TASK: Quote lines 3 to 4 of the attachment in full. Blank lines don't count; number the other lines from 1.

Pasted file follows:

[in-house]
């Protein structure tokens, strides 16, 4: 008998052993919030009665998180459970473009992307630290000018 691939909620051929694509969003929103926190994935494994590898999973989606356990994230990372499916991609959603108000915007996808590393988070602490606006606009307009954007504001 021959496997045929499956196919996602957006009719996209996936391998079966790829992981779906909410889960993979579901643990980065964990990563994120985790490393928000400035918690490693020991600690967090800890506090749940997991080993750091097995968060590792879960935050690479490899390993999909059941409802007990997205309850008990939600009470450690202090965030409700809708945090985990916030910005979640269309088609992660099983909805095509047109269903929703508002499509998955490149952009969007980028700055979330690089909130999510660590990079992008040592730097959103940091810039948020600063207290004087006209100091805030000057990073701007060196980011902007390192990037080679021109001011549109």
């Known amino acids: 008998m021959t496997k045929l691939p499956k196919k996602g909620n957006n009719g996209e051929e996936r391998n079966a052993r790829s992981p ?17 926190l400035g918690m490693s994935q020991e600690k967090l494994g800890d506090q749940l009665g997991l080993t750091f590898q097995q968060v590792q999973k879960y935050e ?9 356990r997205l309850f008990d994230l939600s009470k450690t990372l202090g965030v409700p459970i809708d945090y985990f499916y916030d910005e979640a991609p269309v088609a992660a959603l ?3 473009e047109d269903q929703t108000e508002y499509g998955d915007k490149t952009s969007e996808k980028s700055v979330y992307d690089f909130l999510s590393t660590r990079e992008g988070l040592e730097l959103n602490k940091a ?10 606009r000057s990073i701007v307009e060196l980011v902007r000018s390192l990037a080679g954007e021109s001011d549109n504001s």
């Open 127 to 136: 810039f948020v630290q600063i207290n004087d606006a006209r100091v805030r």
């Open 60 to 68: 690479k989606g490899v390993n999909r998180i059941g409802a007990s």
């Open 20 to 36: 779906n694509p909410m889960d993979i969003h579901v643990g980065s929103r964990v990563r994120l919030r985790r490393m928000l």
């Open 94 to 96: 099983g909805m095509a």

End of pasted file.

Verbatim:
């Known amino acids: 008998m021959t496997k045929l691939p499956k196919k996602g909620n957006n009719g996209e051929e996936r391998n079966a052993r790829s992981p ?17 926190l400035g918690m490693s994935q020991e600690k967090l494994g800890d506090q749940l009665g997991l080993t750091f590898q097995q968060v590792q999973k879960y935050e ?9 356990r997205l309850f008990d994230l939600s009470k450690t990372l202090g965030v409700p459970i809708d945090y985990f499916y916030d910005e979640a991609p269309v088609a992660a959603l ?3 473009e047109d269903q929703t108000e508002y499509g998955d915007k490149t952009s969007e996808k980028s700055v979330y992307d690089f909130l999510s590393t660590r990079e992008g988070l040592e730097l959103n602490k940091a ?10 606009r000057s990073i701007v307009e060196l980011v902007r000018s390192l990037a080679g954007e021109s001011d549109n504001s």
């Open 127 to 136: 810039f948020v630290q600063i207290n004087d606006a006209r100091v805030r």